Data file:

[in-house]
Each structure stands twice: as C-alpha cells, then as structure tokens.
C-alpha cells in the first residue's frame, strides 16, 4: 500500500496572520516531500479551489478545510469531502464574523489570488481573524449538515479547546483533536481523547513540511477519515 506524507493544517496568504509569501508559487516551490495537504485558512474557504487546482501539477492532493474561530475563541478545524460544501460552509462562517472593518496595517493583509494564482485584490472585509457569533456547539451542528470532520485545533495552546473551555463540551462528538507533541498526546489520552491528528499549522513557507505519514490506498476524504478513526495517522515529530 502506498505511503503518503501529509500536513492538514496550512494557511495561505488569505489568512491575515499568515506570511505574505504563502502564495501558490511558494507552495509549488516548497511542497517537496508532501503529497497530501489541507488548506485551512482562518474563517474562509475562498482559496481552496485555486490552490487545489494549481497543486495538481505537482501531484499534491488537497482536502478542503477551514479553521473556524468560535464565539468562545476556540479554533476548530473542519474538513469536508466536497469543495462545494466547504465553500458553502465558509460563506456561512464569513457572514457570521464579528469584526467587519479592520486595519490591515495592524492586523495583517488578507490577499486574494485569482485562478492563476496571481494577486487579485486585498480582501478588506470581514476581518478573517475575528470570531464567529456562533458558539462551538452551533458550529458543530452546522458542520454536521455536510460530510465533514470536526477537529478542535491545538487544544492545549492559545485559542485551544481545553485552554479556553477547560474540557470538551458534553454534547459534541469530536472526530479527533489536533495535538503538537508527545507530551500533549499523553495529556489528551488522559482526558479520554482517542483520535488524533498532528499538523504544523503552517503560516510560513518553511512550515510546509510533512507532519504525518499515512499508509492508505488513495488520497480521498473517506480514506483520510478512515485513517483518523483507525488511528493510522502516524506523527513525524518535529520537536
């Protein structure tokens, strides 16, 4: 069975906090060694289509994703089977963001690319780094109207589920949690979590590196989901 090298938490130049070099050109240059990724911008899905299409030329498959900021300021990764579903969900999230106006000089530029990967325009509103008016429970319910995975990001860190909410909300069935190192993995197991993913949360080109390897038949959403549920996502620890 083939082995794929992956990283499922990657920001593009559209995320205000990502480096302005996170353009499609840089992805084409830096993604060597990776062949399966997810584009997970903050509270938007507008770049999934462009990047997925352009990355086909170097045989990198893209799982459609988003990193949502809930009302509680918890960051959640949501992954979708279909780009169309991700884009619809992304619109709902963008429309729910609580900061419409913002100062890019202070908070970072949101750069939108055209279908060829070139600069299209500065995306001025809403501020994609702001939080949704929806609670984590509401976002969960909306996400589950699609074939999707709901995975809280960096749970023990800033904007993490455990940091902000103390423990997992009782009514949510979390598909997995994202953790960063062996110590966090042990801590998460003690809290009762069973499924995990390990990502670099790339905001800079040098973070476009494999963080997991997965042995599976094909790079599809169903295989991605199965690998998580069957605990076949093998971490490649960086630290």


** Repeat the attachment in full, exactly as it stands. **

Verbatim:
[in-house]
Each structure stands twice: as C-alpha cells, then as structure tokens.
C-alpha cells in the first residue's frame, strides 16, 4: 500500500496572520516531500479551489478545510469531502464574523489570488481573524449538515479547546483533536481523547513540511477519515 506524507493544517496568504509569501508559487516551490495537504485558512474557504487546482501539477492532493474561530475563541478545524460544501460552509462562517472593518496595517493583509494564482485584490472585509457569533456547539451542528470532520485545533495552546473551555463540551462528538507533541498526546489520552491528528499549522513557507505519514490506498476524504478513526495517522515529530 502506498505511503503518503501529509500536513492538514496550512494557511495561505488569505489568512491575515499568515506570511505574505504563502502564495501558490511558494507552495509549488516548497511542497517537496508532501503529497497530501489541507488548506485551512482562518474563517474562509475562498482559496481552496485555486490552490487545489494549481497543486495538481505537482501531484499534491488537497482536502478542503477551514479553521473556524468560535464565539468562545476556540479554533476548530473542519474538513469536508466536497469543495462545494466547504465553500458553502465558509460563506456561512464569513457572514457570521464579528469584526467587519479592520486595519490591515495592524492586523495583517488578507490577499486574494485569482485562478492563476496571481494577486487579485486585498480582501478588506470581514476581518478573517475575528470570531464567529456562533458558539462551538452551533458550529458543530452546522458542520454536521455536510460530510465533514470536526477537529478542535491545538487544544492545549492559545485559542485551544481545553485552554479556553477547560474540557470538551458534553454534547459534541469530536472526530479527533489536533495535538503538537508527545507530551500533549499523553495529556489528551488522559482526558479520554482517542483520535488524533498532528499538523504544523503552517503560516510560513518553511512550515510546509510533512507532519504525518499515512499508509492508505488513495488520497480521498473517506480514506483520510478512515485513517483518523483507525488511528493510522502516524506523527513525524518535529520537536
């Protein structure tokens, strides 16, 4: 069975906090060694289509994703089977963001690319780094109207589920949690979590590196989901 090298938490130049070099050109240059990724911008899905299409030329498959900021300021990764579903969900999230106006000089530029990967325009509103008016429970319910995975990001860190909410909300069935190192993995197991993913949360080109390897038949959403549920996502620890 083939082995794929992956990283499922990657920001593009559209995320205000990502480096302005996170353009499609840089992805084409830096993604060597990776062949399966997810584009997970903050509270938007507008770049999934462009990047997925352009990355086909170097045989990198893209799982459609988003990193949502809930009302509680918890960051959640949501992954979708279909780009169309991700884009619809992304619109709902963008429309729910609580900061419409913002100062890019202070908070970072949101750069939108055209279908060829070139600069299209500065995306001025809403501020994609702001939080949704929806609670984590509401976002969960909306996400589950699609074939999707709901995975809280960096749970023990800033904007993490455990940091902000103390423990997992009782009514949510979390598909997995994202953790960063062996110590966090042990801590998460003690809290009762069973499924995990390990990502670099790339905001800079040098973070476009494999963080997991997965042995599976094909790079599809169903295989991605199965690998998580069957605990076949093998971490490649960086630290």